The curlew is the largest European wading bird and has a long down-curved bill
A Gloucestershire bird is at the centre of a national project to find out more about the species.
The British Trust for Ornithology (BTO) is tagging the curlew, which occurs on a site of international importance in the county.
A team of BTO ringers have begun catching and ringing the birds, with nearly 70 curlews at Wibdon Warth - on the Severn Estuary between Lydney and Chepstow - already tagged.
The aim of the tagging - which has permission of the landowner and Natural England - is to contribute to the BTO project of monitoring the turnover of waders at sites they regularly use.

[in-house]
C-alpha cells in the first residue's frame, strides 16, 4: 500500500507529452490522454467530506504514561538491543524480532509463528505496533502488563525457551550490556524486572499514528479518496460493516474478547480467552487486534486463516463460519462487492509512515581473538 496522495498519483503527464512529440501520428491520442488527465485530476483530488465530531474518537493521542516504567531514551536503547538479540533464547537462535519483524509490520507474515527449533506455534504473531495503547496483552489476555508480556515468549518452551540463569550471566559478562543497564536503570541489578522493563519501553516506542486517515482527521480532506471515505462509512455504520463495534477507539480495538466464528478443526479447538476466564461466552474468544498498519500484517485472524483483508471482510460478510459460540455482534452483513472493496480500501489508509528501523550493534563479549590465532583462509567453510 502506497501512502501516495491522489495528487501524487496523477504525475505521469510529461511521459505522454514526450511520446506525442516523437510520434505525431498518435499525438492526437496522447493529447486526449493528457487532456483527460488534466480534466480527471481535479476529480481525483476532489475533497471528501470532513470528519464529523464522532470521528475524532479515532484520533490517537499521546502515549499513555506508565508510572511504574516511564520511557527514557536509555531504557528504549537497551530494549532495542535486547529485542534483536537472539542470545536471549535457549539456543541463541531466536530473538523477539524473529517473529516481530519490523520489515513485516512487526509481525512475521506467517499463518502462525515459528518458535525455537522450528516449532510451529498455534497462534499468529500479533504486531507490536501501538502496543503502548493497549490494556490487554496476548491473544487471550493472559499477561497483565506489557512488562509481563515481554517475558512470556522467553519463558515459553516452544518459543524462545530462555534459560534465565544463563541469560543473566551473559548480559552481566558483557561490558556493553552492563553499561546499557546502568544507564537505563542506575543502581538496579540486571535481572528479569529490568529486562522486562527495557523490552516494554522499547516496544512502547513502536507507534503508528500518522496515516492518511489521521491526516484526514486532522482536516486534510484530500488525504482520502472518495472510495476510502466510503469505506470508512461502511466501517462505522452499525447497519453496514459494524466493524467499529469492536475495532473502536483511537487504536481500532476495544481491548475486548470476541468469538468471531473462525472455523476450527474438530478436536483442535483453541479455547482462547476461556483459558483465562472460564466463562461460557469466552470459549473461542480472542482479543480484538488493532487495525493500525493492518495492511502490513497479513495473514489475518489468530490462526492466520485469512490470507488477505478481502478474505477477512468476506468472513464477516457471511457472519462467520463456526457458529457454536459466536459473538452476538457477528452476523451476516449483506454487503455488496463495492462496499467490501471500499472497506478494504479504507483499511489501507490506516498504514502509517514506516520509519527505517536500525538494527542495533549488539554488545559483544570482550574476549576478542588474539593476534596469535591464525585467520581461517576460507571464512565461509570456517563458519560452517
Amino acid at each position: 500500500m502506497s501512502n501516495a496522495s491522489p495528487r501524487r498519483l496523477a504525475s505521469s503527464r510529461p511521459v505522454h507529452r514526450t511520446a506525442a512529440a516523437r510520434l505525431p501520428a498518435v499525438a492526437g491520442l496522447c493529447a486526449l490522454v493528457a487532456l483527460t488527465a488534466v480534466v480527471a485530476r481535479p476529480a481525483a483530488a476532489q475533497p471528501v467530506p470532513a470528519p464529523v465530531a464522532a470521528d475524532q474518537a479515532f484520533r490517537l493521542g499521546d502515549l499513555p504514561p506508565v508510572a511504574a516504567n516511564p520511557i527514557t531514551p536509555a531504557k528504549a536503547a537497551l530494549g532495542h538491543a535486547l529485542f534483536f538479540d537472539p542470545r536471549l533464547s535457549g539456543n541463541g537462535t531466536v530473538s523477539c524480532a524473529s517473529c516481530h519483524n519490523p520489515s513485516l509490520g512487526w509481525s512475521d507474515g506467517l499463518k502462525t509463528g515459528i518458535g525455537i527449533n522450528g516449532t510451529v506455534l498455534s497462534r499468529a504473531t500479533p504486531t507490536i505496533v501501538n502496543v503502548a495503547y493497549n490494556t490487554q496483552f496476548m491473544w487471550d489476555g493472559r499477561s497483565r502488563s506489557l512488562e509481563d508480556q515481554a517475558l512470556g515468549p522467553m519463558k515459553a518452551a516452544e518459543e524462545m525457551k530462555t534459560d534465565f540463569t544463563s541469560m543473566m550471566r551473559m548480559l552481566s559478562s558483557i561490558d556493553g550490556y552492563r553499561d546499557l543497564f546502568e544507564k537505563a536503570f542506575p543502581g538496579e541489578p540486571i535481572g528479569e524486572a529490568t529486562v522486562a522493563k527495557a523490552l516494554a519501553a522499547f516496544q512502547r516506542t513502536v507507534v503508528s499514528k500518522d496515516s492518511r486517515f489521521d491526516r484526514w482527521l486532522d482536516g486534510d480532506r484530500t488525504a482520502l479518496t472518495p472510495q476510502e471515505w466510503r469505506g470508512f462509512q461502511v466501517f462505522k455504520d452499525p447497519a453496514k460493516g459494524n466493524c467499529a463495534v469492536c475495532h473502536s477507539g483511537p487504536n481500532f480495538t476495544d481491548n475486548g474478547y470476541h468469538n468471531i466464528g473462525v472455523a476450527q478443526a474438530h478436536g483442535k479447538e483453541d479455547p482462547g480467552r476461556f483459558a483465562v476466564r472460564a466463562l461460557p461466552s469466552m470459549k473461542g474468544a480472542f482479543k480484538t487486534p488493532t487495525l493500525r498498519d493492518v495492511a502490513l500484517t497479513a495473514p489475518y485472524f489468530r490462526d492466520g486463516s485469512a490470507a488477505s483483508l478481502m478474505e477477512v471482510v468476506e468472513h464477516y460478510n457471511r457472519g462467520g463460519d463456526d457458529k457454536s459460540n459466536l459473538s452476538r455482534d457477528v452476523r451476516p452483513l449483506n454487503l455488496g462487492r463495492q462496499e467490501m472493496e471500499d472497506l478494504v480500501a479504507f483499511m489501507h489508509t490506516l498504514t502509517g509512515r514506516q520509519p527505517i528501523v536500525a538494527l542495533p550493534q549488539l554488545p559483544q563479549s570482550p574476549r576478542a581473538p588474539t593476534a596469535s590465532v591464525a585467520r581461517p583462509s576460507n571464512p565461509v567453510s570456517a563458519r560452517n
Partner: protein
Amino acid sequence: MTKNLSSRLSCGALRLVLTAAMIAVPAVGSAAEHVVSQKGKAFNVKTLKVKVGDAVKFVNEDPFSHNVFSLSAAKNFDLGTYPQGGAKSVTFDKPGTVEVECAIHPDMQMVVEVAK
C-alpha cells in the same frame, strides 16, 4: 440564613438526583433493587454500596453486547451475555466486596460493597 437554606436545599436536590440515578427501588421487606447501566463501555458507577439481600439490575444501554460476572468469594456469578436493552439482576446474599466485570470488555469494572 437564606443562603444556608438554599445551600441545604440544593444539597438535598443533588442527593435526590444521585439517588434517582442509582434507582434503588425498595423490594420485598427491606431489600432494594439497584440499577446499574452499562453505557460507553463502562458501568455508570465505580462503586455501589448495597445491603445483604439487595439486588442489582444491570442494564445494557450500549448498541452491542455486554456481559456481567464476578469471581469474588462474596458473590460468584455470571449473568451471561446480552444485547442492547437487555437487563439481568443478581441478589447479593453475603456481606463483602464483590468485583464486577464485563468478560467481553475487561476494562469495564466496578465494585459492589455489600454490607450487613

It is also hoped that the study will also "provide additional data" for assessing the effect of possible tidal barrages on the Severn.
Gloucestershire Wildlife Trust (GWT) has backed the initiative.
"Curlew occur in Gloucestershire both as a breeding species and a wintering species," said Mike Smart, GWT trustee and international wetland expert.
"In the breeding season, they nest in hay meadows along the Severn and Avon, notably at Gloucestershire Wildlife Trust's nature reserves at Coombe Hill and Ashleworth, where they may be seen from February to July."
Outside the breeding season, the birds can be found on the Severn Estuary with around 3000 visible during the peak month of September.
All the birds were marked with a combination of colour rings.
It is hoped that local bird watchers will note any observations of colour-ringed curlews and report them to the BTO.
You can get in touch with the BTO directly
or by calling 01842 750050, giving details of the colour and position of all colour and metal rings.